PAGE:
What We Need to KNow & Do To Protect Children
This may seem shocking, but the particulars of this case are not out of the realm of how easily and often children are being sexually abused (an estimated rate of 1:4 girls and 1:6 boys.)
- It occurred in the basement of the home where they supposedly were playing XBOX games. Although in most cases of abuse the perpetrator and victim are often alone - it doesn't mean that they are completely isolated from other people.
- It was a large gathering of people. Especially when children are old enough to roam the house - parents and family member easily lose track of their children and don't put much thought into where they are or who they're with. The idea that they are surrounded by people they know - rather than being in a mall or amusement park, the "stranger danger" misconception kicks in, and people feel safe leaving their children on their own. Statistically, however, 90% or more of abuse is perpetrated by someone known to the victim and their family.
- The perpetrator threatened to hurt the victim if he told. In this case - the abuser physically restrained the child - it would seem he spent no time trying to groom the child to submit to the sexual acts, but rather, saw an opportunity to abuse and acted. (Learn more about abusers here.)
- The child did not tell his parents until after the abuse happened a second time, and he told his parents he did not want to go to this man's home. In most cases, children will not tell for at least a year, and in many cases children never tell.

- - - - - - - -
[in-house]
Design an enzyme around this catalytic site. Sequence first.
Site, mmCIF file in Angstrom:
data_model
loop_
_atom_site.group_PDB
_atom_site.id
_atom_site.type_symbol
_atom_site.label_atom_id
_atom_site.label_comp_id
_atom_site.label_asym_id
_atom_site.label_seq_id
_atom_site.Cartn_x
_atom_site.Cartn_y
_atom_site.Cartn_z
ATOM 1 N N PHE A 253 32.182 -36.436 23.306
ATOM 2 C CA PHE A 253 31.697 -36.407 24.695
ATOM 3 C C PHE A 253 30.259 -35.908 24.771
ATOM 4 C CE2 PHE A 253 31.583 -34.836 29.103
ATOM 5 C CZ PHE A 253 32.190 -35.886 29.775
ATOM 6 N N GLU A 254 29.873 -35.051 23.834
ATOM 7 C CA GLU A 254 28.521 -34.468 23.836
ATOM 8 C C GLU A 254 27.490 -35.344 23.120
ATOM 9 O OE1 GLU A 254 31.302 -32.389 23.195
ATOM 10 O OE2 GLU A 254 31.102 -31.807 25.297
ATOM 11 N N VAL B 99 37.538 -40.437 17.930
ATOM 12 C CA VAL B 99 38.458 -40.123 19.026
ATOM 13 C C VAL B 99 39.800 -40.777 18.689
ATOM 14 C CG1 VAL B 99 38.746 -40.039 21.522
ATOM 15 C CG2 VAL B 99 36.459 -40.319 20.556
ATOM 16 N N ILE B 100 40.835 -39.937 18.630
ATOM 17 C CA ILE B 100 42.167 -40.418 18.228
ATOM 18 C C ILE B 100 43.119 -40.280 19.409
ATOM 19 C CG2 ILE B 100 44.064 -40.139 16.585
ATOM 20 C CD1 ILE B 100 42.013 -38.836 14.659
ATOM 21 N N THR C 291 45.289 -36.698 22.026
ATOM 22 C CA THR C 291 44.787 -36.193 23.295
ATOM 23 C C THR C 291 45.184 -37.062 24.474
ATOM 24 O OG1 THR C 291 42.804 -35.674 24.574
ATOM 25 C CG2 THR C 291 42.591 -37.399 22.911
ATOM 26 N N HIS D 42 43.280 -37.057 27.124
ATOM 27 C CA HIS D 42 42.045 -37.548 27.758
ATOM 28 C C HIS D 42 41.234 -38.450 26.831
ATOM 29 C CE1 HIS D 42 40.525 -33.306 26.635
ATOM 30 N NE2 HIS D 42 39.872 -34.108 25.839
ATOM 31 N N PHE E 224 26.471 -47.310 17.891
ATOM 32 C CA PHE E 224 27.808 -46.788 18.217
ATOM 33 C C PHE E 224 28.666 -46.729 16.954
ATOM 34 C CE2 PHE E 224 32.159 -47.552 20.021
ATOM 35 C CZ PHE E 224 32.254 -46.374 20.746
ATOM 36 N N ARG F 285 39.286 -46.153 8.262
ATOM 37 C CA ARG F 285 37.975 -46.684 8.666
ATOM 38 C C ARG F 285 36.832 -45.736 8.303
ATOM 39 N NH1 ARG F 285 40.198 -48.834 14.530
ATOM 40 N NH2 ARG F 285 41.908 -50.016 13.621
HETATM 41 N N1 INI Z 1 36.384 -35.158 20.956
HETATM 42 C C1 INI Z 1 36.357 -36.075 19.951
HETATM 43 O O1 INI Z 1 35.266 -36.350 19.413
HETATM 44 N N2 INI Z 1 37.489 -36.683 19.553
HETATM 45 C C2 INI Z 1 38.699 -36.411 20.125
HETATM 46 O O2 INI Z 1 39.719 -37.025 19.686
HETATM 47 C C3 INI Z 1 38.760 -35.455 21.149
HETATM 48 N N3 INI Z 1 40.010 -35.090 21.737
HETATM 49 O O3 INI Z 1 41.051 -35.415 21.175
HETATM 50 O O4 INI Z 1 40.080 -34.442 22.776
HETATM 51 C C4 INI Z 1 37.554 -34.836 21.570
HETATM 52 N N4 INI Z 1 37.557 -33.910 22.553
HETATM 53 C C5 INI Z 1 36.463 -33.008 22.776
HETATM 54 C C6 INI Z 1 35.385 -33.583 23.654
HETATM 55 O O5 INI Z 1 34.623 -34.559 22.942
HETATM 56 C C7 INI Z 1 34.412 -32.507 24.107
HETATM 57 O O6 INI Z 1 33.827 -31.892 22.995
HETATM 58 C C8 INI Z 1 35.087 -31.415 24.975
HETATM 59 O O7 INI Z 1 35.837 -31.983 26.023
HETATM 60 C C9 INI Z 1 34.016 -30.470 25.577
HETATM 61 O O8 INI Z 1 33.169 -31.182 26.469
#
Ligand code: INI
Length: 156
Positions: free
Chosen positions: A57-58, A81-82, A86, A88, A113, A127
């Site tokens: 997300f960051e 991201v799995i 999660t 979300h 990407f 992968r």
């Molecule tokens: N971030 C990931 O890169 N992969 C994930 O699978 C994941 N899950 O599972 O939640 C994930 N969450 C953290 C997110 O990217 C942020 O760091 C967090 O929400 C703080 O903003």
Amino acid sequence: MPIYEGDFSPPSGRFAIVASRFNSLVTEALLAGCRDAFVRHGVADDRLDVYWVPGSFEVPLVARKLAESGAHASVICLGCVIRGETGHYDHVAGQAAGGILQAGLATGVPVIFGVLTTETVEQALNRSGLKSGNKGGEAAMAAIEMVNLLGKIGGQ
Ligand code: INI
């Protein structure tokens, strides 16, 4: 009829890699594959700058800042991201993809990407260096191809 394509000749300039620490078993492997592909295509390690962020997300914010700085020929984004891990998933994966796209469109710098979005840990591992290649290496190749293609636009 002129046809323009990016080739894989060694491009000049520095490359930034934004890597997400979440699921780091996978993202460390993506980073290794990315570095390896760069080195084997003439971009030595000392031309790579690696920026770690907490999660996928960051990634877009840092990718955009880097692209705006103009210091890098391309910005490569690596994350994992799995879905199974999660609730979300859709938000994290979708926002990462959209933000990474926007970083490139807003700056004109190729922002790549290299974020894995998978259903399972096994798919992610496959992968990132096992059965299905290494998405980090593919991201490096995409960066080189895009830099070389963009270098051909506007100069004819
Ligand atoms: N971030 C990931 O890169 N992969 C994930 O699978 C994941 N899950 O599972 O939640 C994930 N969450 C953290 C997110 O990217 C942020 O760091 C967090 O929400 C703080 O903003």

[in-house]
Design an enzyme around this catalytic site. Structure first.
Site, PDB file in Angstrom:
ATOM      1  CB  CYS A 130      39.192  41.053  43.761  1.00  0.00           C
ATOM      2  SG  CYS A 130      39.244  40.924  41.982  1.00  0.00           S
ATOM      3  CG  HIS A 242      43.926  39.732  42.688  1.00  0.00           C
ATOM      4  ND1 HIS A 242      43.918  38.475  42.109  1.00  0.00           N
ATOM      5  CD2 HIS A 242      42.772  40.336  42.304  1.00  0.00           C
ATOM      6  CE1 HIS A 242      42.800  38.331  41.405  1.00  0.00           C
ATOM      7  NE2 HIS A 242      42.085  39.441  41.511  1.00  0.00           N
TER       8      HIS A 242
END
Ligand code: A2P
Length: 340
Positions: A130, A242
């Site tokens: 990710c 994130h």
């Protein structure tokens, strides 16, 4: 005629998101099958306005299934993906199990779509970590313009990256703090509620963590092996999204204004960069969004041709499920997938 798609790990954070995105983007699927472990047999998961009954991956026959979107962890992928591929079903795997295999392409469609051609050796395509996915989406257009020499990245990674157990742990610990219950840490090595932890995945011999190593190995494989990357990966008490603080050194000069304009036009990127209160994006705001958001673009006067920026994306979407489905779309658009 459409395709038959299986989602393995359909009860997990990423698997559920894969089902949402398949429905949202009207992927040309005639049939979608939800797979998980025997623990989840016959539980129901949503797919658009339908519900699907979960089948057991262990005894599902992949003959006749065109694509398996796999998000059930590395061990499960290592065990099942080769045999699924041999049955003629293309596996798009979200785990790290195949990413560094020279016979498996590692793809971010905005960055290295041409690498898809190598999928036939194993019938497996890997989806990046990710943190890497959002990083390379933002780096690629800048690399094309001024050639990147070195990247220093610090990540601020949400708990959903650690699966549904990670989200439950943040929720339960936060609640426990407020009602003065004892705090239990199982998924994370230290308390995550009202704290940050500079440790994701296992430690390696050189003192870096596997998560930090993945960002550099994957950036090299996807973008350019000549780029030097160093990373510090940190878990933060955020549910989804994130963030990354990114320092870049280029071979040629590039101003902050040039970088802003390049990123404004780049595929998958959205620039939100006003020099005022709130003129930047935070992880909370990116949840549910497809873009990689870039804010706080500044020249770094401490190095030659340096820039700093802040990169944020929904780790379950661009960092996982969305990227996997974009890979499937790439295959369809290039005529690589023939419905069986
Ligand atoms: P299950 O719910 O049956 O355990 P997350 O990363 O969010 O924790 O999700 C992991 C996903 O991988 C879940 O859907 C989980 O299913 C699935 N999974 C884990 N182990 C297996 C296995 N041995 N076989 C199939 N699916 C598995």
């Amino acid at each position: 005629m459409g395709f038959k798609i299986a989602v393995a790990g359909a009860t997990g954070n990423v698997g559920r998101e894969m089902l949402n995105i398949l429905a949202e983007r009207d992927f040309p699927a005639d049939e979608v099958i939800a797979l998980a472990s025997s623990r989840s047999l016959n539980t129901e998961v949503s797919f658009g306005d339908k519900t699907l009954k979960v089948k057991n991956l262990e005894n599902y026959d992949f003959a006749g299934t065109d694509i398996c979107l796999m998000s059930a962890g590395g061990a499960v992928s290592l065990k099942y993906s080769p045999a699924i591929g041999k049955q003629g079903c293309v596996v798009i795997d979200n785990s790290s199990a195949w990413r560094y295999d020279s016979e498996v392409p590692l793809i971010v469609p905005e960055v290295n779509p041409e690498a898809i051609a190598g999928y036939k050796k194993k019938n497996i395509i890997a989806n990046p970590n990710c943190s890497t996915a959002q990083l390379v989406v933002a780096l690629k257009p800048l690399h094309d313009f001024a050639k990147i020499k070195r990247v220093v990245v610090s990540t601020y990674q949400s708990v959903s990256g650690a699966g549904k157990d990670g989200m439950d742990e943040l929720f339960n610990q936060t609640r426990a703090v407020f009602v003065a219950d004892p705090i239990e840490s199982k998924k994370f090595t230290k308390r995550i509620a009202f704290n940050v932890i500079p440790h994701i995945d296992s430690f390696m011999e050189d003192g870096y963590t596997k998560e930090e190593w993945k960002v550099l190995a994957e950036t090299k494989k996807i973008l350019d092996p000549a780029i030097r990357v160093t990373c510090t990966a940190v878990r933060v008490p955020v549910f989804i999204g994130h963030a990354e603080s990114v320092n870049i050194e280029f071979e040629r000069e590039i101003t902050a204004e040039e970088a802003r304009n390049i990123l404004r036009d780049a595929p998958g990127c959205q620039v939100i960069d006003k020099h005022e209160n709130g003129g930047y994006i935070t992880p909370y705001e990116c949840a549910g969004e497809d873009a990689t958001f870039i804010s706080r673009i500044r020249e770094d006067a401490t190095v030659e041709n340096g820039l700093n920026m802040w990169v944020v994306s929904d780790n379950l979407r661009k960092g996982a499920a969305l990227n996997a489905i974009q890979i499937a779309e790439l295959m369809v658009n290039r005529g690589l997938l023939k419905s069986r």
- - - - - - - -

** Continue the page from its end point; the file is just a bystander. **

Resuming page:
How Can We Protect Our CHildren
- Remember, your child is much more likely to be sexually abused by a family member or family friend, than a stranger. Most abusers take advantage or seek opportunities where they will be trusted by parents with their children. Be vigilant of warning signs of potentially abusive behavior.
- Talk early and often to your children, openly and honestly about their bodies, their rights, and appropriate behavior. (Read more here about talking to children.) Know the symptoms that a child may exhibit if he/she has been sexually abused.
- At family gatherings, parties, and holidays - check in on your children from time to time, a basement/kid's bedroom, or outdoor club house may seem like the ideal place for the kids to play while the adults have quiet time, but it's important to make your presence known and unpredictable. Secondly, do not force children to hug or kiss anyone that they do not feel comfortable with - they have the right to avoid physical contact with someone if they wish.
- Create a "Safe Word" - a word or phrase they can use to communicate to you that they need your help. If they're at a sleepover, or a party and need you but don't want to call attention to their situation in front of others, a safe word can give them the freedom to let you know they need your private attention or help, when it may be difficult or uncomfortable to explain in detail.